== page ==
The Revised Proposed Regulations are almost identical to the November 2017 proposed regulations concerning the calculation of call-in pay. Call-in pay is calculated at the basic minimum hourly wage rate. Call-in payments are not payments for time worked or work performed and should not be included in the regular or overtime rate of pay, whichever is applicable. Employers should not make deductions for call-in pay, and call-in pay cannot be offset by the required use of leave time, or by payments in excess of those required under the Wage Order. The Revised Proposed Regulations specify that, for shorter work days, the four hours of call-in pay for reporting to work and for cancelled shifts may be reduced to the lesser number of hours that the employee is scheduled to work and normally works, for that shift. The Revised Proposed Regulations no longer requires the employee’s total hours worked (or scheduled to work) to be the same from week to week.
Weather, Health, Safety
The Revised Proposed Regulations seek to include additional exclusions to call-in pay. For example, the regulations exclude from call-in pay employees whose duties are directly dependent on weather conditions. They also exclude employees whose duties are necessary to protect the health or safety of the public or any person, and employees whose assignments are subject to work orders. However, these employees must receive weekly compensation that exceeds the number of compensable hours worked times the applicable basic minimum wage rate, with no allowances.
New Employees and Volunteers
The regulations also provide clarification as to instances of when call-in pay does not apply to unscheduled shifts. Specifically, the Revised Proposed Regulations would exclude application for: (1) any new employee during the first two weeks of employment, or (2) any employee (as opposed to any regularly scheduled employee) who volunteers to cover a new shift or a previously scheduled shift.
There is a rebuttable presumption that an employee has volunteered to cover a new or previously scheduled shift if the employer provides a written good faith estimate of hours to all employees upon hiring. For previously hired employees, the written estimate of hours may be provided after the effective date of the proposed regulations. The written estimate of hours may be amended at the employee’s request or upon two weeks’ notice by the employer. The request to cover a new or previously scheduled shift must be either: (1) made by the employee whose shift would be covered, or (2) made by the employer in writing to a group of employees requesting a volunteer from among the group. If no employee volunteers prior to a reasonable deadline, the employer may assign an employee to cover the shift without the additional call-in pay required for unscheduled shifts.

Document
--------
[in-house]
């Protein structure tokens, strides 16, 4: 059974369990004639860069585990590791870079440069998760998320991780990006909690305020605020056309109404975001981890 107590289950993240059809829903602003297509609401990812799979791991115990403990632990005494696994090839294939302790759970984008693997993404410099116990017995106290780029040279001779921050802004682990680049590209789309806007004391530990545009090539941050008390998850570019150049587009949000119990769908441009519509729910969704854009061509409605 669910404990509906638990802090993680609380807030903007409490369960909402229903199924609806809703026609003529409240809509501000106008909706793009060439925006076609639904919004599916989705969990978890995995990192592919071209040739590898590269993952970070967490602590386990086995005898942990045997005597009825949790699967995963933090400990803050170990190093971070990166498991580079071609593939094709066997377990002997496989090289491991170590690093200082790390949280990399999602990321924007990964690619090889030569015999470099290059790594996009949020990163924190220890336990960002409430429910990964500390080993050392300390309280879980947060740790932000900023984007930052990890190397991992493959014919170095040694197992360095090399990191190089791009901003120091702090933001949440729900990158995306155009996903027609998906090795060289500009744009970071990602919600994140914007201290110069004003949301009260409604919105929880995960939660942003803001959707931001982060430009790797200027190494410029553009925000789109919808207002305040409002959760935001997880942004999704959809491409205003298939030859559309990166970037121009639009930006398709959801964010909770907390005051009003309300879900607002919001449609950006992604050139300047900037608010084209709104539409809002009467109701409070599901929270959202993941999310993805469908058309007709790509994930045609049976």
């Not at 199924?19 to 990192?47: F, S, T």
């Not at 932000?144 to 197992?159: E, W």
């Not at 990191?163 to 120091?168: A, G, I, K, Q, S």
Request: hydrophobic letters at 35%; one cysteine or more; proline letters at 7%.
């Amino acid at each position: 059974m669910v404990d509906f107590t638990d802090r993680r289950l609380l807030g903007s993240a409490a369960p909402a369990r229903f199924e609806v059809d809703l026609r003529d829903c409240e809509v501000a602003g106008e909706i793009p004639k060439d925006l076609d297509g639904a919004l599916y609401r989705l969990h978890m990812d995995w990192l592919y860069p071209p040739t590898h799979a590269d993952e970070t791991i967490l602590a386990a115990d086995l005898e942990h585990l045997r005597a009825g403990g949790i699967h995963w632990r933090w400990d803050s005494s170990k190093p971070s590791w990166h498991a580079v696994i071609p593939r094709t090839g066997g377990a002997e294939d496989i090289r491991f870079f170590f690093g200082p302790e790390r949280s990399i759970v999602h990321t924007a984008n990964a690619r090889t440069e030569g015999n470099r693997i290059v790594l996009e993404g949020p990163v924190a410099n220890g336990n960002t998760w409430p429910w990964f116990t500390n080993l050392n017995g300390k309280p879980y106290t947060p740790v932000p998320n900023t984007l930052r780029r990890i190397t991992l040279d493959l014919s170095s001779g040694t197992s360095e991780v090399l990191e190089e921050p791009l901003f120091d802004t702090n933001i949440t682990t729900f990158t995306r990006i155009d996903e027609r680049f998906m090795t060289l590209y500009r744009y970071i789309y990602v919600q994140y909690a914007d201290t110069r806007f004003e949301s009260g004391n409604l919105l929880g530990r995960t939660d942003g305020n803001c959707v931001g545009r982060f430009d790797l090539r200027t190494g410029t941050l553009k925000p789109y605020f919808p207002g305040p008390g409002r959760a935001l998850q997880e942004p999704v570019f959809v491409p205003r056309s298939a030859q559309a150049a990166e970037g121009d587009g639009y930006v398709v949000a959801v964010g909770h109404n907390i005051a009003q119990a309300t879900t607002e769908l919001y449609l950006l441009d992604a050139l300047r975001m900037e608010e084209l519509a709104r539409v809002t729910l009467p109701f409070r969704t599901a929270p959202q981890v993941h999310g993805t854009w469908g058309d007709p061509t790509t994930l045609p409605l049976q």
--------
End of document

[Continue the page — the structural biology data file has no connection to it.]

Related to Weather or Other Travel Advisories
In addition, the Revised Proposed Regulations provide that unscheduled shift and cancelled shift call-in pay would not apply when an employer responds to weather or other travel advisories by offering employees the option to voluntarily reduce or increase their scheduled hours, so that employees may stay home, arrive early, arrive late, depart early, depart late, or any combination of the foregoing.
Takeaway for Employers
The Revised Proposed Regulations will be subject to a 30-day comment period. Employers may submit a comment on the proposed regulations by emailing firstname.lastname@example.org. In anticipation of the new regulations, employers should review their scheduling practices and call-in procedures to ensure that employees are scheduled at least 14 days in advance. Retail and fast food employers covered by the New York City Fair Workweek Law should ensure compliance with that law, as covered in detail in our previous alerts.
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If you have any questions regarding the Revised Proposed Regulations, call-in pay, or the New York City Fair Workweek Law, feel free to contact us. We will keep you updated of changes and clarifications to the Revised Proposed Regulations.